Gavin Newsom takes steps to run for governor of California

Gavin NewsomShaking up an already fast-moving political landscape, Lt. Gov. Gavin Newsom revealed in an email to his list that he had taken the first step toward a run for governor in 2018.

Framing his announcement as a characteristically Californian statement “without evasiveness or equivocation,” he explained he was creating the initial committee necessary to mustering resources for a run.

A combination of reasons fueled Newsom’s early jump into a race that’s still out on the other side of the next presidential election. On the one hand, as the Los Angeles Times reported, Newsom’s committee will empower him to “raise up to $28,200 per supporter for both the primary and general elections, meaning he can collect $56,400 per donor.”

On his website, Newsom played up the practical importance of that head start. He said running “in America’s largest, most diverse state demands that I start raising resources now.”

On the other hand, Newsom, like other Democrats victorious in their last election cycle, has maintained a sizable war chest — in Newsom’s case, around $3 million. Nevertheless, Newsom likely will be expected to come up with much more than that.

“Running for governor is likely to cost $30 million to $50 million, or possibly much more,” the Washington Post observed. “Meg Whitman, the former eBay chief executive who ran against Brown in 2010, spent $144 million on a losing campaign.”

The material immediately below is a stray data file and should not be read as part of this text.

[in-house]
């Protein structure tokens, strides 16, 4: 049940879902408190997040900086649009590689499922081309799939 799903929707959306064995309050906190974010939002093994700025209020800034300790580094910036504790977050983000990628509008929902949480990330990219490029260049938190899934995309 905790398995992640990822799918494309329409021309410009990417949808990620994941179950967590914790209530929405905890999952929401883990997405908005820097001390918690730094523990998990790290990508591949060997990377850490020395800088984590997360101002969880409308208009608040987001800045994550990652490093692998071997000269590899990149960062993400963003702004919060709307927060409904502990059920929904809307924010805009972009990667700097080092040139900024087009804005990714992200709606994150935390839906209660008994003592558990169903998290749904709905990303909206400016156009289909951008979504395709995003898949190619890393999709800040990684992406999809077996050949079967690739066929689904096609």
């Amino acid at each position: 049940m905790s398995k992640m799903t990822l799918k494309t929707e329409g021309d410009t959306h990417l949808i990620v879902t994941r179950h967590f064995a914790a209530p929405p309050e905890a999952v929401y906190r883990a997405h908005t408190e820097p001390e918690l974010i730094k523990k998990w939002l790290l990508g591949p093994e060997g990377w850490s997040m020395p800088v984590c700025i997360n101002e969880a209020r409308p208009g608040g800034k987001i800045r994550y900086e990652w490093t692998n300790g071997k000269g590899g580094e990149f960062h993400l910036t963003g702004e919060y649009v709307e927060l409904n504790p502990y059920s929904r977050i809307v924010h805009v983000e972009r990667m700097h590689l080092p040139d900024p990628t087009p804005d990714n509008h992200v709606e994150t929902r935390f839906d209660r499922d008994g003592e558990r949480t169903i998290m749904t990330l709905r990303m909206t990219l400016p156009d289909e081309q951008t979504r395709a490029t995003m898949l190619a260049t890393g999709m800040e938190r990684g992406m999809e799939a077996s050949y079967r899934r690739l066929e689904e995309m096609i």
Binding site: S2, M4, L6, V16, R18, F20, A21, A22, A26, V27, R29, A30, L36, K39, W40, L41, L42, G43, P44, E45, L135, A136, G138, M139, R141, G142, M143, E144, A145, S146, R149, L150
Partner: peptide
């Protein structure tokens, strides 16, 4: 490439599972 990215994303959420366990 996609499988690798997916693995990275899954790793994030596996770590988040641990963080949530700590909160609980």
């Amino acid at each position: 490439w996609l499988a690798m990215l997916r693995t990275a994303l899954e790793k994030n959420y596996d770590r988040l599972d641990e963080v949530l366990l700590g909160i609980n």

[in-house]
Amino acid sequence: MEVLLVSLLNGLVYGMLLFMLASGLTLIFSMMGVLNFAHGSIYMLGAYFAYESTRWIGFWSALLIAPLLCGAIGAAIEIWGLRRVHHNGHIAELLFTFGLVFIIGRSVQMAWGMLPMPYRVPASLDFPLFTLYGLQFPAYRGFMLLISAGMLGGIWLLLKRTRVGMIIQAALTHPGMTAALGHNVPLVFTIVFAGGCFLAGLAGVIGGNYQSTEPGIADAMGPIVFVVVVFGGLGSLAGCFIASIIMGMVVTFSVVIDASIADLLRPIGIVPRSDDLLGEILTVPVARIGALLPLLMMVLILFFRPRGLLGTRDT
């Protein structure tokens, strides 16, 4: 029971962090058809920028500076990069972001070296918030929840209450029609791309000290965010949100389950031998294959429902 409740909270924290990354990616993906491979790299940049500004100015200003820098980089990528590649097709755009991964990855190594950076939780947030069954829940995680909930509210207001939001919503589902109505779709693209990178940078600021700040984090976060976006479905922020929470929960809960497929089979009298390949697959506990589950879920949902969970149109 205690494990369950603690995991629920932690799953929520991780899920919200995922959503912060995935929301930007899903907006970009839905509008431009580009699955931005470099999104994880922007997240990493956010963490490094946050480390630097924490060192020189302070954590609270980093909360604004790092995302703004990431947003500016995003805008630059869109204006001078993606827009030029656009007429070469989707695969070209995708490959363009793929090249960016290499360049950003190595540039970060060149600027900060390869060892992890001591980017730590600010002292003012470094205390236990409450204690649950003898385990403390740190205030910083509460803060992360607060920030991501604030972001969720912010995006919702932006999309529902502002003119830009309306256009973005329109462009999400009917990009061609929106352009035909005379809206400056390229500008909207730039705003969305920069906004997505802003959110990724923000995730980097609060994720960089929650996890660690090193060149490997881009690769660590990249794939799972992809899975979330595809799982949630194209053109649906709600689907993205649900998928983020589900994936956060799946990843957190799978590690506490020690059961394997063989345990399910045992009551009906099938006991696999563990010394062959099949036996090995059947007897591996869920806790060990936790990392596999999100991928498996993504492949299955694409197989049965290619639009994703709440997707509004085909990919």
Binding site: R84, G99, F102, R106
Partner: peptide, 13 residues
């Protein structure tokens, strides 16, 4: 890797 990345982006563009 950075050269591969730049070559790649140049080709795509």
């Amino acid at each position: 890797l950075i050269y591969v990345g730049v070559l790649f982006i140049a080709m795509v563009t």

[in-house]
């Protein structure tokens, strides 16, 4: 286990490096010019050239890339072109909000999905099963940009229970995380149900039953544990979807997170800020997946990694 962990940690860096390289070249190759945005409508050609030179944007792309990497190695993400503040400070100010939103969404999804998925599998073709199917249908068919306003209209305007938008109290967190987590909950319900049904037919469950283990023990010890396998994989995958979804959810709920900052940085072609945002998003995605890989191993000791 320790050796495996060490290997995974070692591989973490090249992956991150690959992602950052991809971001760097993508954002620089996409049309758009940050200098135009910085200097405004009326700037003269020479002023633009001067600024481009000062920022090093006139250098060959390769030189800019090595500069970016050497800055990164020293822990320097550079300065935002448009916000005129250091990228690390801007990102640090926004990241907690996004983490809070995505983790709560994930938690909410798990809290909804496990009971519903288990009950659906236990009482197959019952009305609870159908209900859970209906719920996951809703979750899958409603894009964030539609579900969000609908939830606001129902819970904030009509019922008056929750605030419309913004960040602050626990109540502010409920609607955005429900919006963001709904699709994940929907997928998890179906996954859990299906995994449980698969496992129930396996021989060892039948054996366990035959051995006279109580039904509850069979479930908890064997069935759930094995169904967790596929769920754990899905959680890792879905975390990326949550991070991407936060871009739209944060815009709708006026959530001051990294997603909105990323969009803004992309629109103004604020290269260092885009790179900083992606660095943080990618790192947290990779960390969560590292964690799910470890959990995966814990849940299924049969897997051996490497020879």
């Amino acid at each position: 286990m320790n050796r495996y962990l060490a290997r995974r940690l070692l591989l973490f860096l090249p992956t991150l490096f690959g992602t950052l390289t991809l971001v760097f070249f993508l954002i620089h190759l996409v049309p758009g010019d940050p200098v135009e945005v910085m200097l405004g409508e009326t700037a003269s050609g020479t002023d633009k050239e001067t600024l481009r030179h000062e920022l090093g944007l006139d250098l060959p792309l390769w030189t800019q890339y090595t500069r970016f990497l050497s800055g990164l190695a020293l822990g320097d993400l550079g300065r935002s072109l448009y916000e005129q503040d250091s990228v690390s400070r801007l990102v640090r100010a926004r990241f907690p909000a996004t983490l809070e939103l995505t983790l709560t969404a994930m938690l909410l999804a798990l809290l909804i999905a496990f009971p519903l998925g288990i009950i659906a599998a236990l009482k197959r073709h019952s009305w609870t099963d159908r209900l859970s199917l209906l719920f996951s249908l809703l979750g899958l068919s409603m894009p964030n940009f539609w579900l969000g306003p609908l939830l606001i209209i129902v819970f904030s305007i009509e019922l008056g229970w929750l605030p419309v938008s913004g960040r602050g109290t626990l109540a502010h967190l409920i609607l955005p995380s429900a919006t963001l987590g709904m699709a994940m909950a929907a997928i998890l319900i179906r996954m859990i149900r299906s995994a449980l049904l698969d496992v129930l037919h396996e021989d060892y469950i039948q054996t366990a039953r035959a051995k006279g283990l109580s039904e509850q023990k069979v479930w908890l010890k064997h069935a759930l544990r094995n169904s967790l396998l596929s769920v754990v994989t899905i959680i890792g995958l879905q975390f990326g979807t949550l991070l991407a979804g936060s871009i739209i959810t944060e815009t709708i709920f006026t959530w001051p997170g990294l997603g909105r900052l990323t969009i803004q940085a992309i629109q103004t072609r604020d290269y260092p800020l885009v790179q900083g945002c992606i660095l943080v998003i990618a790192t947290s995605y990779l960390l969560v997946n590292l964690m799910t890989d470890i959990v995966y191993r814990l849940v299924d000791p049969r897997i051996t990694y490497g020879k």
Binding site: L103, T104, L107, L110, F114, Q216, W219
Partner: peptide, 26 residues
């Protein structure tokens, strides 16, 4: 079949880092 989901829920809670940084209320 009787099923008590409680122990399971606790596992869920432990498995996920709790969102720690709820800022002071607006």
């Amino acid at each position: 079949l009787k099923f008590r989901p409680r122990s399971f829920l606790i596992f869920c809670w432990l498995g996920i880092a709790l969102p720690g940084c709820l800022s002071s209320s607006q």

A quiet deal?

In the meanwhile, attention has focused on the timing between Newsom’s announcement and Attorney General Kamala Harris’s announcement that she will run to replace retiring Barbara Boxer in the U.S. Senate.

Just last month, Newsom told San Francisco radio station KGO that it was “laughably premature” to discuss his possible interest in taking over for Brown in 2018. He described his disinterest in Boxer’s seat as merely dispositional. “I’ve got a bias toward my children, my wife, my family. I’ve enjoyed my time as mayor, and I like the executive side of the world.”

The careful positioning led some to speculate that Harris and Newsom, close enough to share the same consultant, quietly bargained behind the scenes to run for different offices. Publicly, that was denied. A source close to Harris told the San Francisco Chronicle she and Newsom didn’t make a deal to split up their campaigns:

“She never talked to him,” the source said. “I think he read the tea leaves and made his decision.”

“However, Newsom — who has long let it be known that he wants to be governor — said he talked to Harris on Sunday night to let her know that he wasn’t going to be running for Senate.”

Decision time

Now that both Harris and Newsom have formalized their plans, the pressure has ratcheted up on other ambitious Democrats, whose next steps are the subject of feverish speculation. Top Democrats in Los Angeles have been affected most by the Harris/Newsom split.

As the Post reported, the two San Franciscans have long been “cognizant of the other’s ambitions and aware that running against each other could provide an opportunity for a rival from Los Angeles” — specifically, former Los Angeles Mayor Antonio Villaraigosa, who faces “renewed pressure” to choose which rival, if any, to challenge.

In Washington, D.C., making the rounds on the occasion of accepting an award, Villaraigosa stayed mum on the Senate race, preferring to regale reporters with a campaign-like discussion of the importance of education. That in itself could reflect a greater interest in a gubernatorial run, however.

Villaraigosa conspicuously supported the parents in the Vergara case, which challenged California’s teacher tenure system, claimed the existing system discriminates against minorities and the poor. And he endorsed Marshall Tuck, the reformer opposed by the teachers’ unions in November’s race for state superintendent of public instruction.